Now of course one of the biggest problems has been the fact that there isn’t one kind of cookie. There are those fairly meek and mild ones which simply record user preferences, such as the fact that they require the font to be displayed in a larger size, essential ones which record which items the visitor has in their shopping basket, and then those non-essential ones which webmasters like to use which track and monitor user behaviour, where they’ve come from, search patterns, click patterns, advert interaction behaviour and so on.
Originally the UK cookie law stated that in all of these cases the visitor must be informed immediately as to which type of cookie, or data, was going to be collected, giving them the choice to opt out if they preferred. This is pretty clear, although most UK websites have still not implemented it.
But the already rather confusing picture given to business owners was further muddied because just two days before the official launch of the new law it was updated. What was this update?
The Information Commissioner’s Office (responsible for the Data Protection Act) decided to apparently go against the E.U. Directive and suggest that rather than explicit consent being actively sought, it would be acceptable to allow ‘implied consent‘. In other words, if you continued to use a website after the 26th May you would by that very act be deemed to have consented to your data being collected.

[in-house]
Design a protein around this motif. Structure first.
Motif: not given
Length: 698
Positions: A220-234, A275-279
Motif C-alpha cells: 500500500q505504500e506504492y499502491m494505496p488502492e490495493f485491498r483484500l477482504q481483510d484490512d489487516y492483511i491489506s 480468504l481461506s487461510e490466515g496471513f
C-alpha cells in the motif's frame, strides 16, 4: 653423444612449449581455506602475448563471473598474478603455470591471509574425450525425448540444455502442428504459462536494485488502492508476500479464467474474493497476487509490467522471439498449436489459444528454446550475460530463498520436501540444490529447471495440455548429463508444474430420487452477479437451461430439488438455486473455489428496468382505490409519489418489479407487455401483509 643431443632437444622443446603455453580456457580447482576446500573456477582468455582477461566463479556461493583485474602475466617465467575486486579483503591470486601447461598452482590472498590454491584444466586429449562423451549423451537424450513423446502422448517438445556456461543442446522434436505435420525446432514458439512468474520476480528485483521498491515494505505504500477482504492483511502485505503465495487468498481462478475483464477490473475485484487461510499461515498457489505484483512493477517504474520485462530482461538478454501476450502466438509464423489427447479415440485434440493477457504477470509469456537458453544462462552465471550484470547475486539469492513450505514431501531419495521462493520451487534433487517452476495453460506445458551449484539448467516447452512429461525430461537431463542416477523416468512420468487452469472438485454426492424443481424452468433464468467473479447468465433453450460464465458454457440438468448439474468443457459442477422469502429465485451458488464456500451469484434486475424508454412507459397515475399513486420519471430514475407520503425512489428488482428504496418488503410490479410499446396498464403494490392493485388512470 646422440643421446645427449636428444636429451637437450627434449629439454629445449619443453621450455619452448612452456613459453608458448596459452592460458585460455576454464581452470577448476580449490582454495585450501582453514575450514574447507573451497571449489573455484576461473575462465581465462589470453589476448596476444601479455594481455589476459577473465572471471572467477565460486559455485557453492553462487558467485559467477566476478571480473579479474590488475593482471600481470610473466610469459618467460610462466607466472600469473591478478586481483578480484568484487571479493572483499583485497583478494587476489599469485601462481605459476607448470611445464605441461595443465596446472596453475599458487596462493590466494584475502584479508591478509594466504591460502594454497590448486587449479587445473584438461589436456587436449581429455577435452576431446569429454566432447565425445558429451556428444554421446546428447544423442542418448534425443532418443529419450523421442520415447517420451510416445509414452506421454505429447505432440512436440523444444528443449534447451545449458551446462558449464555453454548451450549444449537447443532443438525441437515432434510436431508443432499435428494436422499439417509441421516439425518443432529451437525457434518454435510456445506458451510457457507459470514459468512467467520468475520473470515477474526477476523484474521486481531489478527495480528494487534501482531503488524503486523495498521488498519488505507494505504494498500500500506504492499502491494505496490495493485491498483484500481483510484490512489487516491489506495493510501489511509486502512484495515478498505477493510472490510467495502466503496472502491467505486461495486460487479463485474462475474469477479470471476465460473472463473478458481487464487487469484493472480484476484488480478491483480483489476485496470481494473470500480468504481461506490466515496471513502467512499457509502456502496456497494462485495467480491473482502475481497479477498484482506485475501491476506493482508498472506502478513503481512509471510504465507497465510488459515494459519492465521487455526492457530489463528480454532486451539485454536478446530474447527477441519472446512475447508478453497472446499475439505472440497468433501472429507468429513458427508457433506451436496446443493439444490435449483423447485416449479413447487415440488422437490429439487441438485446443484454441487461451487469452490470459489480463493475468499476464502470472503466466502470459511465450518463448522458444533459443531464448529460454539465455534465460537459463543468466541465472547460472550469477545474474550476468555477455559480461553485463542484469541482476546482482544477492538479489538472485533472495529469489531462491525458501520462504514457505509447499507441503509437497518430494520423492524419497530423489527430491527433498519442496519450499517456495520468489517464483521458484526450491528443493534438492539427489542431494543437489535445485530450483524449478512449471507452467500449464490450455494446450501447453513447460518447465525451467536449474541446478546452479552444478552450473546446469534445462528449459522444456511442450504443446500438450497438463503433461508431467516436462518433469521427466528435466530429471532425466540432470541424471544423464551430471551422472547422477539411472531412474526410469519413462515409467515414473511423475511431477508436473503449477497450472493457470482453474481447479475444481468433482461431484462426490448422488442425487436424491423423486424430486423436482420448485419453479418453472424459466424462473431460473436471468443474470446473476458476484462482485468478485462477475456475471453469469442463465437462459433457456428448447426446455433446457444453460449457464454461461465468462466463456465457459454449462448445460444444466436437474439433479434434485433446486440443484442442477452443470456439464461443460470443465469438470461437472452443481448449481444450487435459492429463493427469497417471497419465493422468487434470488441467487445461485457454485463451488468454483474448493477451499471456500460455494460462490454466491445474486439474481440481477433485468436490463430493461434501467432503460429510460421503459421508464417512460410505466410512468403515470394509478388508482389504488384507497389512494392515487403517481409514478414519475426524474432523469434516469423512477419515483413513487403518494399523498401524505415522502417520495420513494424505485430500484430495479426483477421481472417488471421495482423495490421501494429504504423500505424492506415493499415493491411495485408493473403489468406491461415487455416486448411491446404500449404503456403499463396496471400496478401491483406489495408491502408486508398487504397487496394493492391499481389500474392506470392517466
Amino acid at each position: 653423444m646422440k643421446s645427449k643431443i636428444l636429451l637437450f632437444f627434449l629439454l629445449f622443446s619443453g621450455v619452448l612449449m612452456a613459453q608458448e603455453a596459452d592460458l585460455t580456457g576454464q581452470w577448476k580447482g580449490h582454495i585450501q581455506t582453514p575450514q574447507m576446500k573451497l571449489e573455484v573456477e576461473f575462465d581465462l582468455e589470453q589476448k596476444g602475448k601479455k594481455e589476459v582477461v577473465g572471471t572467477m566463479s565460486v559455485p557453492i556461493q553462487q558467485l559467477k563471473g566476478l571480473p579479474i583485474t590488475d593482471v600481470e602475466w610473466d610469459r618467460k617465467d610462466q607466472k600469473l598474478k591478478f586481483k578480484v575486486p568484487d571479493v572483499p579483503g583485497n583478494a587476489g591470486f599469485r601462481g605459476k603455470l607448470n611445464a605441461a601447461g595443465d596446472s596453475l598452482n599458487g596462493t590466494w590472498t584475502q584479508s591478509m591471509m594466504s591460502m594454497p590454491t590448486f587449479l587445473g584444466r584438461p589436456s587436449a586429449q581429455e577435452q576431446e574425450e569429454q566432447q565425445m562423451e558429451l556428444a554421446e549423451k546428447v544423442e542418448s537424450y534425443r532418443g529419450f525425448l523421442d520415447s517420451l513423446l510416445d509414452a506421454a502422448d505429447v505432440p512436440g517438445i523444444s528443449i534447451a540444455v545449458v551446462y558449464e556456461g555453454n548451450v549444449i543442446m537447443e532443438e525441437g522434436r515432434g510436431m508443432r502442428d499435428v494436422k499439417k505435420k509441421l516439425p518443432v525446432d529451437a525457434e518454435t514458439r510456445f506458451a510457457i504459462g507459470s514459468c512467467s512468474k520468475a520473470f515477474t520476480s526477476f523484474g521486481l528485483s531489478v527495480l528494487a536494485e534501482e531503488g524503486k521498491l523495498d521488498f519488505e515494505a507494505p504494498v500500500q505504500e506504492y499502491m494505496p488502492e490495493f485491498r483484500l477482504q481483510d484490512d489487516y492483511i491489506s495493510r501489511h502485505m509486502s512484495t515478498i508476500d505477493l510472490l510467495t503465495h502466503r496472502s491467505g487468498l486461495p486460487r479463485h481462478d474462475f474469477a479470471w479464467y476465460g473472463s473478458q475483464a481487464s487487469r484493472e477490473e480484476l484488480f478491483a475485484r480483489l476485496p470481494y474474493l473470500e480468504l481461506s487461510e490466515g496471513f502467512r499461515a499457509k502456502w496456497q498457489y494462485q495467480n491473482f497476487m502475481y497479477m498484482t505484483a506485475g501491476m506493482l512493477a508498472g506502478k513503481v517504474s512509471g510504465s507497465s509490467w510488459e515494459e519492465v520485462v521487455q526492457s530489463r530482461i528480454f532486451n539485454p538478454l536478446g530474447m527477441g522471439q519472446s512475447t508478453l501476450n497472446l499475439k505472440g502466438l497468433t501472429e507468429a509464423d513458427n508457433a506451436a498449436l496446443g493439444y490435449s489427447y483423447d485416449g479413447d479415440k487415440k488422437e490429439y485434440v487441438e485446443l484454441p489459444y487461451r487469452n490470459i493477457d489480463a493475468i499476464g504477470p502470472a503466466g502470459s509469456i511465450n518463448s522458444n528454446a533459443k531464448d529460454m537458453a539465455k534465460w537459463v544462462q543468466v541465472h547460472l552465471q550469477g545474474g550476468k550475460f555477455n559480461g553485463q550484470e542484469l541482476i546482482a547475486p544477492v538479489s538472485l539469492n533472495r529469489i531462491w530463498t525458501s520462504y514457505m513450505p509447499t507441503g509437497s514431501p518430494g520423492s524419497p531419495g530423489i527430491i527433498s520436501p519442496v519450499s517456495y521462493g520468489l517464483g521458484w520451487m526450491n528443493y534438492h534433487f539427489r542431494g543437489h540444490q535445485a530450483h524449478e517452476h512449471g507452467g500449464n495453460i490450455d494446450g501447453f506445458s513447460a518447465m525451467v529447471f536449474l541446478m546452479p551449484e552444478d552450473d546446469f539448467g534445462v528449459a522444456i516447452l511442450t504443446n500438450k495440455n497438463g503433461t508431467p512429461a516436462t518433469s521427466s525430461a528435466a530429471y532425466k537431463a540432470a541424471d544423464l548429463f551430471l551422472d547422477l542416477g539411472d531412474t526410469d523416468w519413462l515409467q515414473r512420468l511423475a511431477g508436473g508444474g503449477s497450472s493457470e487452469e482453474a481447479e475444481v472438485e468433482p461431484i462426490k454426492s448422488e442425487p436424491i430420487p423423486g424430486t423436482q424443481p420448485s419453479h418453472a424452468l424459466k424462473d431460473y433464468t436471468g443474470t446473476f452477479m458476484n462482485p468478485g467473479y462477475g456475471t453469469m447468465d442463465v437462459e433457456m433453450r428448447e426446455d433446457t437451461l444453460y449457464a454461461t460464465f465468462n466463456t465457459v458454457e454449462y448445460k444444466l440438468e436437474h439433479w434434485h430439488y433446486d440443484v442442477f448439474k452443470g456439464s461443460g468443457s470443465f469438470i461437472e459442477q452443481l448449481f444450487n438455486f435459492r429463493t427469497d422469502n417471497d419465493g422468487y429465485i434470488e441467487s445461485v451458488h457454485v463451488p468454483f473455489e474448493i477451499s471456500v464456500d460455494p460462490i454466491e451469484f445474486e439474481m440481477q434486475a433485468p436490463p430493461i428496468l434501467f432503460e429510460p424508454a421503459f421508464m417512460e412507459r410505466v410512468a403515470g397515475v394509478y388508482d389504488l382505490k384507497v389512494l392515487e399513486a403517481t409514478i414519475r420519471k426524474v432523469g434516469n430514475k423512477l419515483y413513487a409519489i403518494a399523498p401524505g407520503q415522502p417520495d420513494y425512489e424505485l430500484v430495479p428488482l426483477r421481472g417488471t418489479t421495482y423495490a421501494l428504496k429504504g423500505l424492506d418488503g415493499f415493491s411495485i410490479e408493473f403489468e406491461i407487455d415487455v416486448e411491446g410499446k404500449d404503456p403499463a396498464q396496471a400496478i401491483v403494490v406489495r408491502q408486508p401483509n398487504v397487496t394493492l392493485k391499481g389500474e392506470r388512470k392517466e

If there was ever a way the government could make a confusing and mismatched picture as clear as mud in a fog buried twelve feet underground and covered in a lead blanket, this was the way to do it.
So What Exactly Should You Be Doing Now, And What Are The Risks Of Not Complying?
The truth is that in theory at least the ICO can enforce a £500,000 fine on companies which are not compliant. In practice though they are highly unlikely to start taking any legal action against sites, especially since around 40% of the government’s own sites are non compliant.
It is for this reason alone that at this stage I strongly recommend implementing some form of user engagement which involves informing visitors that you plan to, or need to collect data about them and store this in text files, and give them the choice as to whether you do this or not. Giving your visitors no information and no option will now be more likely to portray your business as one which may have something to hide, or cares little for customer concerns, never mind the law.
For a good example visit BT.com, where you are presented with a sliding scale which allows you to choose whether to permit essential cookies, functional cookies or tracking cookies – see the screenshot below to see an example of this in action.
You can also find out more about the new cookie law on the Pearne & Co website.
Image Credit: http://www.your-name-here.co.uk